It's confirmed; AT&T will reimburse impacted customers for Thursday's outage (UPDATE)

It's confirmed; AT&T will reimburse impacted customers for Thursday's outage
UPDATE:AT&T customers affected by Thursday's update will each receive $5 which the carrier says is the "average cost of a full day of service."

Early on Saturday, we told you about an AT&T subscriber who posted on "X" that she was refunded $52.50 because of the huge nationwide outage that AT&T subscribers had to deal with Thursday morning. We also suggested that AT&T subscribers had nothing to lose by asking for some amount of credit due to the outage which AT&T admitted was due to an incorrect process it used to expand its network.

Thursday afternoon AT&T said, "Based on our initial review, we believe that today’s outage was caused by the application and execution of an incorrect process used as we were expanding our network, not a cyberattack. We are continuing our assessment of today’s outage to ensure we keep delivering the service that our customers deserve."

Reuters reported on Saturday night that AT&T will give billing credits to consumers impacted or "potentially" impacted by the outage. The nation's third-largest wireless provider after leader Verizon and second-place T-Mobile, AT&T's 5G signals cover 290 million Americans many of whom had to get through 10 hours without making or taking a call or sending and receiving a text. AT&T said on Saturday that it did not have an estimate of how many of its subscribers were affected by the outage.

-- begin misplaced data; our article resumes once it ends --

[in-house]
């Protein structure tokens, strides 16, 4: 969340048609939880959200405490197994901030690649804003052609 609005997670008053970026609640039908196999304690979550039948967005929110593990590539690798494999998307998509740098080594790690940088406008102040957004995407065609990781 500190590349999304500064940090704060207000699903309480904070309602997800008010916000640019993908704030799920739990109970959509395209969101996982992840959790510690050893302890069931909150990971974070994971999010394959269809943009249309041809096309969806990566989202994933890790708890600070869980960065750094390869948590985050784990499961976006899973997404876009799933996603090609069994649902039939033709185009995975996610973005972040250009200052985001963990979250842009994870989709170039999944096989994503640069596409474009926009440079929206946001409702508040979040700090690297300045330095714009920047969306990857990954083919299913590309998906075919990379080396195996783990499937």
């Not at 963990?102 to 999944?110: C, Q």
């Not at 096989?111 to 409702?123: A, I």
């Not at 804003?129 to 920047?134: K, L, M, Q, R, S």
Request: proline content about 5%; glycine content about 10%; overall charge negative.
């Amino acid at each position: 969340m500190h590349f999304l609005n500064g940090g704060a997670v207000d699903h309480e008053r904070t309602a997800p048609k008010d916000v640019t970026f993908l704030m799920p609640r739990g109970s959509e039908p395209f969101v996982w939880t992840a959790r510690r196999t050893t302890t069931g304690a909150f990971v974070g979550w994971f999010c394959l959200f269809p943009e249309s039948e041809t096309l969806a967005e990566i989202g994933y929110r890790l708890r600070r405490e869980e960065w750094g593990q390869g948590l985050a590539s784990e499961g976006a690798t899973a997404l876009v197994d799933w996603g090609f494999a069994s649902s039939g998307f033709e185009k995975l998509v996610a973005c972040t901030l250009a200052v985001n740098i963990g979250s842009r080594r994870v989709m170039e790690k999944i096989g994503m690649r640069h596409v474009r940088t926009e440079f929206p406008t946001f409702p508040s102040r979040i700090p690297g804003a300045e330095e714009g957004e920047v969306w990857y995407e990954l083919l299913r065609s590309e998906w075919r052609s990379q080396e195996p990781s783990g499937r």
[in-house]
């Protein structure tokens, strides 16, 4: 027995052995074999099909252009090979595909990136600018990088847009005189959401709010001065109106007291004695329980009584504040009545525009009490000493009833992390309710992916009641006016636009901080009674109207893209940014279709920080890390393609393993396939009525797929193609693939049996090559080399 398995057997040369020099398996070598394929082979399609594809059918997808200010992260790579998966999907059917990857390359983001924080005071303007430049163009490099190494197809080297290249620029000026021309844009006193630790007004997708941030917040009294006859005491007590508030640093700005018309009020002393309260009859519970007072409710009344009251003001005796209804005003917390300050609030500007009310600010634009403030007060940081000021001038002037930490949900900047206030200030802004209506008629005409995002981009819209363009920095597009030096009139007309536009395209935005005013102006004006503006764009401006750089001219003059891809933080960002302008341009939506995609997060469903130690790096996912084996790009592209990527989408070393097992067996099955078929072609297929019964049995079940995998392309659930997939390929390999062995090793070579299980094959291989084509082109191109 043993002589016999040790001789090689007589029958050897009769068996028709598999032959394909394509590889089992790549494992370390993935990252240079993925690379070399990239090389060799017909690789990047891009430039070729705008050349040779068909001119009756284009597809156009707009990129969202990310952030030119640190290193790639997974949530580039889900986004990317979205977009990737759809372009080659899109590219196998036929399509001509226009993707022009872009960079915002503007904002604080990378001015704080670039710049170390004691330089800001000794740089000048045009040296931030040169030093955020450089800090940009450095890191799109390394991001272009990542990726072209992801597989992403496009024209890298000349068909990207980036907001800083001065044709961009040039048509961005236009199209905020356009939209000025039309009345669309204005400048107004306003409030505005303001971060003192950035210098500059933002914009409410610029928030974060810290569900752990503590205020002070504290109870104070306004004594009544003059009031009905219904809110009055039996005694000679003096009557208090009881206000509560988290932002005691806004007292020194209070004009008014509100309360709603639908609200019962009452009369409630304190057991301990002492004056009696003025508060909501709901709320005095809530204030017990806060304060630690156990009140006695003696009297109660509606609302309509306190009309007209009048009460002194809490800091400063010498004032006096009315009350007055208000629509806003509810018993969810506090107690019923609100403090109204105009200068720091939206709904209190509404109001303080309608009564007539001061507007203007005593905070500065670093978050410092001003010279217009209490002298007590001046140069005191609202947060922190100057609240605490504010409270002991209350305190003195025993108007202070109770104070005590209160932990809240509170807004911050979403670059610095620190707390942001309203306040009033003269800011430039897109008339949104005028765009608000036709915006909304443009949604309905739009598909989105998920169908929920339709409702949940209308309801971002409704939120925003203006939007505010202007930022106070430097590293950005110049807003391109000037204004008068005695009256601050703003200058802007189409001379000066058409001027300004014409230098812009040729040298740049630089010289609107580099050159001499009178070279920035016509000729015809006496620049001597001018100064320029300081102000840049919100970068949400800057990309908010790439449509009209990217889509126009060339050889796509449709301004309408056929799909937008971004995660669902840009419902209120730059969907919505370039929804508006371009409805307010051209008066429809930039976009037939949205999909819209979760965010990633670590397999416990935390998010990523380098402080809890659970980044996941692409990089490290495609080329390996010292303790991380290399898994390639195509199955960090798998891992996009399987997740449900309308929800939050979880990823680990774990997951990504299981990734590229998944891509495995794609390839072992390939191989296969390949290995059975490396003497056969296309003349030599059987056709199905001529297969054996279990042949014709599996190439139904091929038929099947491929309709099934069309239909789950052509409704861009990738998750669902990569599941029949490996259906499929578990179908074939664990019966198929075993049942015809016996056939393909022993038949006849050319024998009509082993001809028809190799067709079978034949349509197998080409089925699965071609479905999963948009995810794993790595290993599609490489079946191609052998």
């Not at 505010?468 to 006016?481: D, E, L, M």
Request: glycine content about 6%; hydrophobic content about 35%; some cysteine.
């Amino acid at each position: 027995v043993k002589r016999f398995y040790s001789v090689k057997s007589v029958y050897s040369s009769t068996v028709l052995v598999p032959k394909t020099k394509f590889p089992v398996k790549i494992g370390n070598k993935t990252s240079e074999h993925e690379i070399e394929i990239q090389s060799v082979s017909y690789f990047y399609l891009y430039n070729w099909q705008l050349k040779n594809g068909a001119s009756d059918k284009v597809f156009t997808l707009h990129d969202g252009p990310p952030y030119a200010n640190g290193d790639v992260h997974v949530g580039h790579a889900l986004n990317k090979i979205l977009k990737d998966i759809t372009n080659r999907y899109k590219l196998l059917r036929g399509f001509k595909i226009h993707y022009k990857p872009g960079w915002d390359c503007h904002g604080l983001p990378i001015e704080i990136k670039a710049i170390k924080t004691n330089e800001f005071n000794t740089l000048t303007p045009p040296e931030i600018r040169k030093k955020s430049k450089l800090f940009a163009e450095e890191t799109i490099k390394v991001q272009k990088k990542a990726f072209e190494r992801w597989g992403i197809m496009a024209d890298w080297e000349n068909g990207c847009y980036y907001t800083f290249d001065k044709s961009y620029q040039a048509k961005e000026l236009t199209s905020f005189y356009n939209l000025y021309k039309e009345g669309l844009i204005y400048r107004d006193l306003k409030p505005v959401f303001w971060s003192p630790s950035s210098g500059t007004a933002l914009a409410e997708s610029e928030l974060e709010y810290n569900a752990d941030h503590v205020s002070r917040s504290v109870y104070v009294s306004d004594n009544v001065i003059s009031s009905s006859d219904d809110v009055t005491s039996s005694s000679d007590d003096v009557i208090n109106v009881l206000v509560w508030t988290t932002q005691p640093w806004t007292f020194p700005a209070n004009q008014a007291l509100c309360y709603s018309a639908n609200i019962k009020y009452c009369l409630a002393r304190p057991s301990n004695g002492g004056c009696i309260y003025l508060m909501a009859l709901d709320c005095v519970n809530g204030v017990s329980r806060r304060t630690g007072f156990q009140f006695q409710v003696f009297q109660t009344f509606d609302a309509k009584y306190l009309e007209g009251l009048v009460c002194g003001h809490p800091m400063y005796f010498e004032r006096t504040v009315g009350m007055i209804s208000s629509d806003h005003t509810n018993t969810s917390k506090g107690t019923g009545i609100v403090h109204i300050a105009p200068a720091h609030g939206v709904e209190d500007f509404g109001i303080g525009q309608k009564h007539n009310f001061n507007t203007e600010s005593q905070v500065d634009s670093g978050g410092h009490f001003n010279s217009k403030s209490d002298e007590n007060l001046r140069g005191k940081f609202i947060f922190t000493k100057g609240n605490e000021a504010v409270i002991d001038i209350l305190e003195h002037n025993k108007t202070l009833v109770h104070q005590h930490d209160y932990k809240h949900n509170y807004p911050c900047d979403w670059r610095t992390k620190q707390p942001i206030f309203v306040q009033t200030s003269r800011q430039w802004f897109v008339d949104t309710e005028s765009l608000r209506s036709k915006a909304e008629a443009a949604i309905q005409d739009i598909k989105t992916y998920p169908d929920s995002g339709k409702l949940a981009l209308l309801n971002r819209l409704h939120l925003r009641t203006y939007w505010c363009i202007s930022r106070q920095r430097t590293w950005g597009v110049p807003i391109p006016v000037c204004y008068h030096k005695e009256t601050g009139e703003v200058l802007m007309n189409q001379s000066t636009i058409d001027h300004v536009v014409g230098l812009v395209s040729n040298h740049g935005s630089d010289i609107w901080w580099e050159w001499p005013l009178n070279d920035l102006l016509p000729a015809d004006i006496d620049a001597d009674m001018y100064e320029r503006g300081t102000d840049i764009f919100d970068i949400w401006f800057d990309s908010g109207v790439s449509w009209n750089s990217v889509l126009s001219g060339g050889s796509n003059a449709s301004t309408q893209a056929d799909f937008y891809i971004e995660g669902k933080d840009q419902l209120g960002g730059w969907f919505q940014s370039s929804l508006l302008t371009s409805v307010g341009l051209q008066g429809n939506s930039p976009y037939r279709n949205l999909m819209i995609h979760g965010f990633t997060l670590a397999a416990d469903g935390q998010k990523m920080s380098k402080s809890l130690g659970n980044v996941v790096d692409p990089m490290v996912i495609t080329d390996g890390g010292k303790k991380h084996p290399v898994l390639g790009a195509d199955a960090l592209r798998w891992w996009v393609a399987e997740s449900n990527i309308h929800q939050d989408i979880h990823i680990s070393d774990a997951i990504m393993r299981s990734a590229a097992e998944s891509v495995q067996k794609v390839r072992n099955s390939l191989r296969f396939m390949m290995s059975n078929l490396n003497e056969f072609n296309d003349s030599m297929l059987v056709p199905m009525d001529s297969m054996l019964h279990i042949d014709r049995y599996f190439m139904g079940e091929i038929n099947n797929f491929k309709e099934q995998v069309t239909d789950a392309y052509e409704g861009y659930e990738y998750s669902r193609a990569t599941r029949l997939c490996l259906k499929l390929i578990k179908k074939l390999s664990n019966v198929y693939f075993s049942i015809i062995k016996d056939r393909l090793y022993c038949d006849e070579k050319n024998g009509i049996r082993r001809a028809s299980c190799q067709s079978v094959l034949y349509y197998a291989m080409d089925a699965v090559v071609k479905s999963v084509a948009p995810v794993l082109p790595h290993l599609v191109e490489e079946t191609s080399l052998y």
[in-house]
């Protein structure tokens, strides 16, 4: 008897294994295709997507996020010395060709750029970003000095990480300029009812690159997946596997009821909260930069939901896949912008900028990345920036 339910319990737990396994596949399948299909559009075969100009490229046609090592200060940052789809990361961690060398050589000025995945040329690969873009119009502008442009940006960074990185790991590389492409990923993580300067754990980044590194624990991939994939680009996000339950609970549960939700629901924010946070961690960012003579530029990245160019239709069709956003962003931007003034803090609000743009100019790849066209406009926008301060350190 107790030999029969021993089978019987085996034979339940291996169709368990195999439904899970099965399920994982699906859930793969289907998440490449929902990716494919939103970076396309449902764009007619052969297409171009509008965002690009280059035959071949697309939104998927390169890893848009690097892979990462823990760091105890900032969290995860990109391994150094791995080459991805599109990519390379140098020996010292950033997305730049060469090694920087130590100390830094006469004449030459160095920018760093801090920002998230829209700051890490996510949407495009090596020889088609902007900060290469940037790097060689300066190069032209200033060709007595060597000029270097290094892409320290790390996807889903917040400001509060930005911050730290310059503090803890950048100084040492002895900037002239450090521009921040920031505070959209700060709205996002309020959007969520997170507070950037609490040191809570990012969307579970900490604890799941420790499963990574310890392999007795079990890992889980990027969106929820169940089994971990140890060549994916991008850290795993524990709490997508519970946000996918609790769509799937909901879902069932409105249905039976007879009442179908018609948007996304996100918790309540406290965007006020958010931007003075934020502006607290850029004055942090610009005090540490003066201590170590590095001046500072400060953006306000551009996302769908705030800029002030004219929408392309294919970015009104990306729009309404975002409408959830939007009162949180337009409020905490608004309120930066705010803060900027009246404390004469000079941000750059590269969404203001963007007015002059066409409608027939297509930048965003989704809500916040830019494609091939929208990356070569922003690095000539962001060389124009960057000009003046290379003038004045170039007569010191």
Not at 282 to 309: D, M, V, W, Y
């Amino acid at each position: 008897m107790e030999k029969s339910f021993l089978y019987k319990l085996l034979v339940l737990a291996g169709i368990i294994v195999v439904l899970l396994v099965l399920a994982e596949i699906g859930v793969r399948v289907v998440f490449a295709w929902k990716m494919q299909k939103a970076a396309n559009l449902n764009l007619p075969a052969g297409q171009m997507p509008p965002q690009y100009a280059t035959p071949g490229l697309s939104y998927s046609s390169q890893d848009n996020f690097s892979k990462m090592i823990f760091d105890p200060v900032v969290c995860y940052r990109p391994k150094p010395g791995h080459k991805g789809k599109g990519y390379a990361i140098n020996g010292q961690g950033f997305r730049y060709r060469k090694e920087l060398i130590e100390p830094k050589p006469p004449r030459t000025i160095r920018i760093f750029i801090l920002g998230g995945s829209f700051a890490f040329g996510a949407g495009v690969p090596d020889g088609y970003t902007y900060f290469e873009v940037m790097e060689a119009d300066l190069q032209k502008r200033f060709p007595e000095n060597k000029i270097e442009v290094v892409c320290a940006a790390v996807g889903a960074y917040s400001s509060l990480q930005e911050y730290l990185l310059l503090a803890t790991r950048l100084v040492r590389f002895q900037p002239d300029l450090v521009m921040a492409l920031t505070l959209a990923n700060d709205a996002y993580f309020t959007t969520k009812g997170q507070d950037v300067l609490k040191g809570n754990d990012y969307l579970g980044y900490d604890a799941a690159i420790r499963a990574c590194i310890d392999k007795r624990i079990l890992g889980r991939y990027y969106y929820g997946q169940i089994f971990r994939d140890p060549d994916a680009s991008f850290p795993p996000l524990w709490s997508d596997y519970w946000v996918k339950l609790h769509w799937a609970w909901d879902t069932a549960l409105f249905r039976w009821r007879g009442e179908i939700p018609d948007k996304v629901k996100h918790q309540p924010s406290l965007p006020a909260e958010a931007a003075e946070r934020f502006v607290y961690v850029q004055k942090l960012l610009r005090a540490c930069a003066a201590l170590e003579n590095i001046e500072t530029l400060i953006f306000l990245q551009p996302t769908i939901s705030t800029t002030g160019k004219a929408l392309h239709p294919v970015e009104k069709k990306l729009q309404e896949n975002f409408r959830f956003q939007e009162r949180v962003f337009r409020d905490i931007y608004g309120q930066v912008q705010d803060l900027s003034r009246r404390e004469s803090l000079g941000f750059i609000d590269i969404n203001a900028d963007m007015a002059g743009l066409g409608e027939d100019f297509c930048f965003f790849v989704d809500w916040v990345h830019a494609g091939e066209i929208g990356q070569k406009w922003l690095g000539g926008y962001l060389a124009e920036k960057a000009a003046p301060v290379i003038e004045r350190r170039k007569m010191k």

AT&T said on Saturday, that it would give impacted customers credit for the average cost of a full day of wireless service. A company spokesman said, "We recognize the frustration this outage has caused and know we let many of our customers down," the company said. "We’re also taking steps to prevent this from happening again in the future."

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Several U.S. agencies are investigating the incident including the FCC and the the U.S. Cybersecurity and Infrastructure Security Agency (CISA). The wireless provider has said that it does not believe that the outage was caused by a cyber attack.

Back in 2021, regulators reached a $19.5 million settlement with T-Mobile over an outage that lasted over 12 hours in June 2020 and resulted in more than 20,000 failed calls to 911. The FCC figured out that during that outage, over 250 million calls made to T-Mobile subscribers failed and 41% of the calls that used T-Mobile's network during the outage failed to connect successfully.

That is similar to what happened last Thursday when calls to AT&T subscribers from T-Mobile and Verizon customers failed to go through leading some Verizon and T-Mobile subscribers to report that their carrier's network was also down when it was only AT&T's network that experienced an issue.

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